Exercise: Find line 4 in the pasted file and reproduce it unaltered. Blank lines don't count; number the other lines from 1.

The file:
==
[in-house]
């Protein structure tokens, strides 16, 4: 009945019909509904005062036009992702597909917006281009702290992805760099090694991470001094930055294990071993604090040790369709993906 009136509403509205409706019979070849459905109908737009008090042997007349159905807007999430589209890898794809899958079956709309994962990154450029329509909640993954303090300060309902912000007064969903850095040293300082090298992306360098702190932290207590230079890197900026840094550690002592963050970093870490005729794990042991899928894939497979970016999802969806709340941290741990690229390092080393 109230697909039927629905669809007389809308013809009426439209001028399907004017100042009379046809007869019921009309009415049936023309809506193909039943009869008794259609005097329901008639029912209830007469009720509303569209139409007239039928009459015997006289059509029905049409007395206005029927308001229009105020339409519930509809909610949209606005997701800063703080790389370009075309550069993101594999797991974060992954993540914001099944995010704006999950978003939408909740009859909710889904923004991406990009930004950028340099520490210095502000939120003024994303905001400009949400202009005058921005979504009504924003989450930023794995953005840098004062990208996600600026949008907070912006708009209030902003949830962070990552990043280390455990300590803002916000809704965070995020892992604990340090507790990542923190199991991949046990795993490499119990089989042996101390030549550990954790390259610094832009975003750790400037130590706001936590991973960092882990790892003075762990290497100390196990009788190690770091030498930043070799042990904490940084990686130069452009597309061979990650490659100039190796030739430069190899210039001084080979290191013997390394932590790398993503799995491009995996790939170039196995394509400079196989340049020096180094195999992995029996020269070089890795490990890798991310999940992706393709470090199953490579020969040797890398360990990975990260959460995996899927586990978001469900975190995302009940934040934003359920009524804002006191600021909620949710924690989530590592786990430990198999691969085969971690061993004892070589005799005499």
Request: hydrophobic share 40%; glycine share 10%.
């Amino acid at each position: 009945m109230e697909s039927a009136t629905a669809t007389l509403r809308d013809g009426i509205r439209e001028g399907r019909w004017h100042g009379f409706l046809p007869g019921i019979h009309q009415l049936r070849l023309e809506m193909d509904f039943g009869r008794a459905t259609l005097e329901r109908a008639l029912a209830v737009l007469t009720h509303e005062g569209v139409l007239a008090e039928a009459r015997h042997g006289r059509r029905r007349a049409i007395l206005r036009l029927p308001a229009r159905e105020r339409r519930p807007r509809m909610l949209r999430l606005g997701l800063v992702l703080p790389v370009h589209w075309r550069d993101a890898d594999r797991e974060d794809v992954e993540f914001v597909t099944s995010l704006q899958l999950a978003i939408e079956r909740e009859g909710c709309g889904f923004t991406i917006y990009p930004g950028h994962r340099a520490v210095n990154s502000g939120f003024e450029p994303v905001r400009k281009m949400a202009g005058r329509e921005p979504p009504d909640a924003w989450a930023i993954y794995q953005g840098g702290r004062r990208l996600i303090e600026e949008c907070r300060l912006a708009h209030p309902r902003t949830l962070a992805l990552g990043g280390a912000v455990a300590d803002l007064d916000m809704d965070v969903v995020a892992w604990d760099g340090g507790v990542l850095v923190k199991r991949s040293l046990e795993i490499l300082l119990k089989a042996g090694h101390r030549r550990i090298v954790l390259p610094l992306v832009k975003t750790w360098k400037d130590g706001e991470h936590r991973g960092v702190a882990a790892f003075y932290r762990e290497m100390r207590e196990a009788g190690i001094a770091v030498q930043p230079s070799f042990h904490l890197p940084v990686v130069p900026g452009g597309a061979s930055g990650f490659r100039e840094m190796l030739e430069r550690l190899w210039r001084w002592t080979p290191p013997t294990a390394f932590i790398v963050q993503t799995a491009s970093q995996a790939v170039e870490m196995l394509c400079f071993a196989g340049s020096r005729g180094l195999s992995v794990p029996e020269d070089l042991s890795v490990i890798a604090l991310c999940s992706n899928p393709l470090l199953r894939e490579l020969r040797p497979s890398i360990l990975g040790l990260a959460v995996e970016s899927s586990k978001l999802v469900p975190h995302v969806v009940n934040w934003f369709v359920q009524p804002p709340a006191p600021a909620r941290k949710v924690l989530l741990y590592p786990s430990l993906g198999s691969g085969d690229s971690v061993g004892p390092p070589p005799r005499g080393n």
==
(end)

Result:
């Amino acid at each position: 009945m109230e697909s039927a009136t629905a669809t007389l509403r809308d013809g009426i509205r439209e001028g399907r019909w004017h100042g009379f409706l046809p007869g019921i019979h009309q009415l049936r070849l023309e809506m193909d509904f039943g009869r008794a459905t259609l005097e329901r109908a008639l029912a209830v737009l007469t009720h509303e005062g569209v139409l007239a008090e039928a009459r015997h042997g006289r059509r029905r007349a049409i007395l206005r036009l029927p308001a229009r159905e105020r339409r519930p807007r509809m909610l949209r999430l606005g997701l800063v992702l703080p790389v370009h589209w075309r550069d993101a890898d594999r797991e974060d794809v992954e993540f914001v597909t099944s995010l704006q899958l999950a978003i939408e079956r909740e009859g909710c709309g889904f923004t991406i917006y990009p930004g950028h994962r340099a520490v210095n990154s502000g939120f003024e450029p994303v905001r400009k281009m949400a202009g005058r329509e921005p979504p009504d909640a924003w989450a930023i993954y794995q953005g840098g702290r004062r990208l996600i303090e600026e949008c907070r300060l912006a708009h209030p309902r902003t949830l962070a992805l990552g990043g280390a912000v455990a300590d803002l007064d916000m809704d965070v969903v995020a892992w604990d760099g340090g507790v990542l850095v923190k199991r991949s040293l046990e795993i490499l300082l119990k089989a042996g090694h101390r030549r550990i090298v954790l390259p610094l992306v832009k975003t750790w360098k400037d130590g706001e991470h936590r991973g960092v702190a882990a790892f003075y932290r762990e290497m100390r207590e196990a009788g190690i001094a770091v030498q930043p230079s070799f042990h904490l890197p940084v990686v130069p900026g452009g597309a061979s930055g990650f490659r100039e840094m190796l030739e430069r550690l190899w210039r001084w002592t080979p290191p013997t294990a390394f932590i790398v963050q993503t799995a491009s970093q995996a790939v170039e870490m196995l394509c400079f071993a196989g340049s020096r005729g180094l195999s992995v794990p029996e020269d070089l042991s890795v490990i890798a604090l991310c999940s992706n899928p393709l470090l199953r894939e490579l020969r040797p497979s890398i360990l990975g040790l990260a959460v995996e970016s899927s586990k978001l999802v469900p975190h995302v969806v009940n934040w934003f369709v359920q009524p804002p709340a006191p600021a909620r941290k949710v924690l989530l741990y590592p786990s430990l993906g198999s691969g085969d690229s971690v061993g004892p390092p070589p005799r005499g080393n």